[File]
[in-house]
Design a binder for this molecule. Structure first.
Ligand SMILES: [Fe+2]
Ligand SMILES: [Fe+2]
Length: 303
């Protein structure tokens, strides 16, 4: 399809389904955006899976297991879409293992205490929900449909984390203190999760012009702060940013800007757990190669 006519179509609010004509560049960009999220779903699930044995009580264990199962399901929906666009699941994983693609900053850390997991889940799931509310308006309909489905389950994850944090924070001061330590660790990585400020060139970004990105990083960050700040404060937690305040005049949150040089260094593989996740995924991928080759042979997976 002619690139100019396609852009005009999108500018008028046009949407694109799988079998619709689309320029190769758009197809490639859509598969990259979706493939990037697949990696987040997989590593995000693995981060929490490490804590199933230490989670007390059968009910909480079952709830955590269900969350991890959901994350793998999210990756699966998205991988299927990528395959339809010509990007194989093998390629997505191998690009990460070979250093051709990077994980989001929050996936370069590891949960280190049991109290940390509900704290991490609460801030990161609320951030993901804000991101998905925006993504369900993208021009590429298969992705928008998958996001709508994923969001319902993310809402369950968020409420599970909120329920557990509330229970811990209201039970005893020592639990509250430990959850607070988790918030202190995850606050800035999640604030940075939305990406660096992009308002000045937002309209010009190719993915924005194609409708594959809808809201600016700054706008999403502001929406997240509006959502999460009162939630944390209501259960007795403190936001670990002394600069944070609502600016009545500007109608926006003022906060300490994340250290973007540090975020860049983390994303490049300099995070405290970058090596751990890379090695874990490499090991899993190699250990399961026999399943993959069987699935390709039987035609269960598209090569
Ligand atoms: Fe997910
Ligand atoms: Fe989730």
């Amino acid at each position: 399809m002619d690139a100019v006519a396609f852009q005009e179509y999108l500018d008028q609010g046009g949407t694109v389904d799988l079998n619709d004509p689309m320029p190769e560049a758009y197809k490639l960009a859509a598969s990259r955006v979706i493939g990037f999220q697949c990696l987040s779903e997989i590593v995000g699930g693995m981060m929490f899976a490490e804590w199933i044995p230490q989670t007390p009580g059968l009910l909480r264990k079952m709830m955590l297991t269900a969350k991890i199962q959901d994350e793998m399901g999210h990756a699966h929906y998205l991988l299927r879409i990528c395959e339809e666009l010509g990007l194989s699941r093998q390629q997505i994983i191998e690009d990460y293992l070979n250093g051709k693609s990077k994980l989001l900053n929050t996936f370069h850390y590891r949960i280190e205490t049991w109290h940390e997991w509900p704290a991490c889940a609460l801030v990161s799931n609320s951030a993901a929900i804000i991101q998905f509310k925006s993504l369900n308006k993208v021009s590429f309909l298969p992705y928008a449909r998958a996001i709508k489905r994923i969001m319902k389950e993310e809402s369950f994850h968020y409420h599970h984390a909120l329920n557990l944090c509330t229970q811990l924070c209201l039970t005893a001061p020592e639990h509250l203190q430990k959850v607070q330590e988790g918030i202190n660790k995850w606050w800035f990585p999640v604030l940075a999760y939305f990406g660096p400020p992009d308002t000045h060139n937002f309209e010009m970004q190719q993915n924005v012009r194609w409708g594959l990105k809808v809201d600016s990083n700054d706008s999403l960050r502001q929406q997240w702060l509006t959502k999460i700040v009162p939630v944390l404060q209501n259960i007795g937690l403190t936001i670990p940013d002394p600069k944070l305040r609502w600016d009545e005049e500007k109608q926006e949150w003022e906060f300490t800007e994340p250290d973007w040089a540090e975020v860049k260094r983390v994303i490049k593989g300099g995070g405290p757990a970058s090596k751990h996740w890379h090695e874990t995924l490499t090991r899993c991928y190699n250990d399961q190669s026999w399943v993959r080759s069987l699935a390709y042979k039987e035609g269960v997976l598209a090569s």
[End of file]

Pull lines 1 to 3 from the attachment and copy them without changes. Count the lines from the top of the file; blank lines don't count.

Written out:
[in-house]
Design a binder for this molecule. Structure first.
Ligand SMILES: [Fe+2]